Three problems about multi-scale modelling in cosmology

The debate in cosmology concerning LambdaCDM and MOND depends crucially on their respective ability of modelling across scales, and dealing with some of the specific problems that arise along the way. The main upshot of this article is to present three main problems facing multi-scale modelling in contemporary cosmology. The LambdaCDM model, which is the standard and by far most successful current cosmological model, faces what I call the ‘downscaling problem’ when it comes to explain some recalcitrant evidence at the scale of individual galaxies, such as the mass-discrepancy acceleration relation (MDAR) and the baryonic Tully-Fisher relation (BTF). While the fast growing development of computer simulations has addressed these problems, nagging worries remain about some of the epistemic limits of these computer simulations in retrieving (as opposed to explaining) the data. The so-called’upscaling problem’ affects MOND and its ability not just to explain but even simply retrieve large-scale structure and galaxy clusters. Recent attempts at extending MOND (EMOND) have had a limited empirical success, and are still far from providing a consistent explanation for possible formation mechanisms at the large-scale structure. Finally, the ‘in between’ scales problem affects proposals designed to achieve the best of both worlds at the meso-scale. This is a fascinating area from a physical and a philosophical point of view, where the main challenge is the ability to have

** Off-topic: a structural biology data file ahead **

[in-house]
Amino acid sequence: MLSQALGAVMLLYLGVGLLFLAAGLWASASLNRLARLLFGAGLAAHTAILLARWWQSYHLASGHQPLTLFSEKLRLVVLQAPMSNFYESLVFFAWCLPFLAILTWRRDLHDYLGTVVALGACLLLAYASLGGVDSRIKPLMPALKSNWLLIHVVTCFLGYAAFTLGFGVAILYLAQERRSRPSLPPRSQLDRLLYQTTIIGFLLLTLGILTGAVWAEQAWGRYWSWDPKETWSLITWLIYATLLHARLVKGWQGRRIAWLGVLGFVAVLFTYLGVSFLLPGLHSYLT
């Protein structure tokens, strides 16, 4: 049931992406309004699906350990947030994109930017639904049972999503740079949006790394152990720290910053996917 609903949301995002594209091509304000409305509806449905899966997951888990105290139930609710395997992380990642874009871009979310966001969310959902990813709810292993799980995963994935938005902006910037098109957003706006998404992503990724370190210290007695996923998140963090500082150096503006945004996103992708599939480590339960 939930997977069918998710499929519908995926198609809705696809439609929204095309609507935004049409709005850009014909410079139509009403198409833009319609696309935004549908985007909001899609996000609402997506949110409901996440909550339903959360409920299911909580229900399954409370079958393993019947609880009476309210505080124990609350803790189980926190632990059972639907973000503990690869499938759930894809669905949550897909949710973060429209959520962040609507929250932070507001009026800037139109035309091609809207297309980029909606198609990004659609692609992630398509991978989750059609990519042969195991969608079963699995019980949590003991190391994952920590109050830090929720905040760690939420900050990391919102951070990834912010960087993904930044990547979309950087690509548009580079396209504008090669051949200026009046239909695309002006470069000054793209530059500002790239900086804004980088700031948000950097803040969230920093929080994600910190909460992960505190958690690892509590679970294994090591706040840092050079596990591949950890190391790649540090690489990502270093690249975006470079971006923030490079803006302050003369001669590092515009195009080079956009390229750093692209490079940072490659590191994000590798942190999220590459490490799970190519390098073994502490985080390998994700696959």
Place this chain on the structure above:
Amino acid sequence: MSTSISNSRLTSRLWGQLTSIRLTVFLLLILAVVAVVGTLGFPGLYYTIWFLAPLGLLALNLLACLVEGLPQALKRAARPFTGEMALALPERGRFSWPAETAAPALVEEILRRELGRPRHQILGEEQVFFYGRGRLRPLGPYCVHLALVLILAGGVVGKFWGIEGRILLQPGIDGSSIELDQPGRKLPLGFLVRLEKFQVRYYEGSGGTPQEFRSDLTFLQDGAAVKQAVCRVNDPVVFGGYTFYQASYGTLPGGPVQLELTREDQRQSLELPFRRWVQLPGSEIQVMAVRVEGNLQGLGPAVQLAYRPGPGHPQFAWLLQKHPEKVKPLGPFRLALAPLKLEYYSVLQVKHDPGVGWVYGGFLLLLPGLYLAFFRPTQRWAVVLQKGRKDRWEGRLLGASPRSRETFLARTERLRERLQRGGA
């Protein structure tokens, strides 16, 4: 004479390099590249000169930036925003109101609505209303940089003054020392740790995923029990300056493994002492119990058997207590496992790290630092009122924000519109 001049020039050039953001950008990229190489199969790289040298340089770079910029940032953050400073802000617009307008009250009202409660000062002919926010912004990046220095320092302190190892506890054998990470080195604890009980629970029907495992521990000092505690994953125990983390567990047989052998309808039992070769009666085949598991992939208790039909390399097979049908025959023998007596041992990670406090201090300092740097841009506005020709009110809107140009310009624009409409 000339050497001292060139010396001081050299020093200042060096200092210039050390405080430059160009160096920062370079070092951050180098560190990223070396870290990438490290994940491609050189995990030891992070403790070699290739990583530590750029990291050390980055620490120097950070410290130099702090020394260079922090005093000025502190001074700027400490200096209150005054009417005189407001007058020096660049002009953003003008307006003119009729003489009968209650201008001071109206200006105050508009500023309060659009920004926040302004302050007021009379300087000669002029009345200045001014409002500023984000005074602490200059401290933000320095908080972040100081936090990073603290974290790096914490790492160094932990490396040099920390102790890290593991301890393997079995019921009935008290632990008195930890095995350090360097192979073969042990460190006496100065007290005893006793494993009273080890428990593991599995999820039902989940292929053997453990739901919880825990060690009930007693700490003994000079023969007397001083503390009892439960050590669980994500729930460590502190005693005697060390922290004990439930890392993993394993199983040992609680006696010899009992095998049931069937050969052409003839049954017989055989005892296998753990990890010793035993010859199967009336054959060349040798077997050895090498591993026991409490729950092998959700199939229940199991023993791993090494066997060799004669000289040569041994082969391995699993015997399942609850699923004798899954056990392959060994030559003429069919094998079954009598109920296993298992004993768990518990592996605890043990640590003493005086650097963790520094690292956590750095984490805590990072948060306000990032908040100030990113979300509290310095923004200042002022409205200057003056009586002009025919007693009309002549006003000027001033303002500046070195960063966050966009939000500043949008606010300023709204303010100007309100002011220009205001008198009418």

genuine predictive novelty.

Download Open Access PDF doi: 10.1016/j.shpsb.2018.04.002

Massimi, M. (2018) Three problems about multi-scale modelling in cosmology. Studies in History and Philosophy of Modern Physics.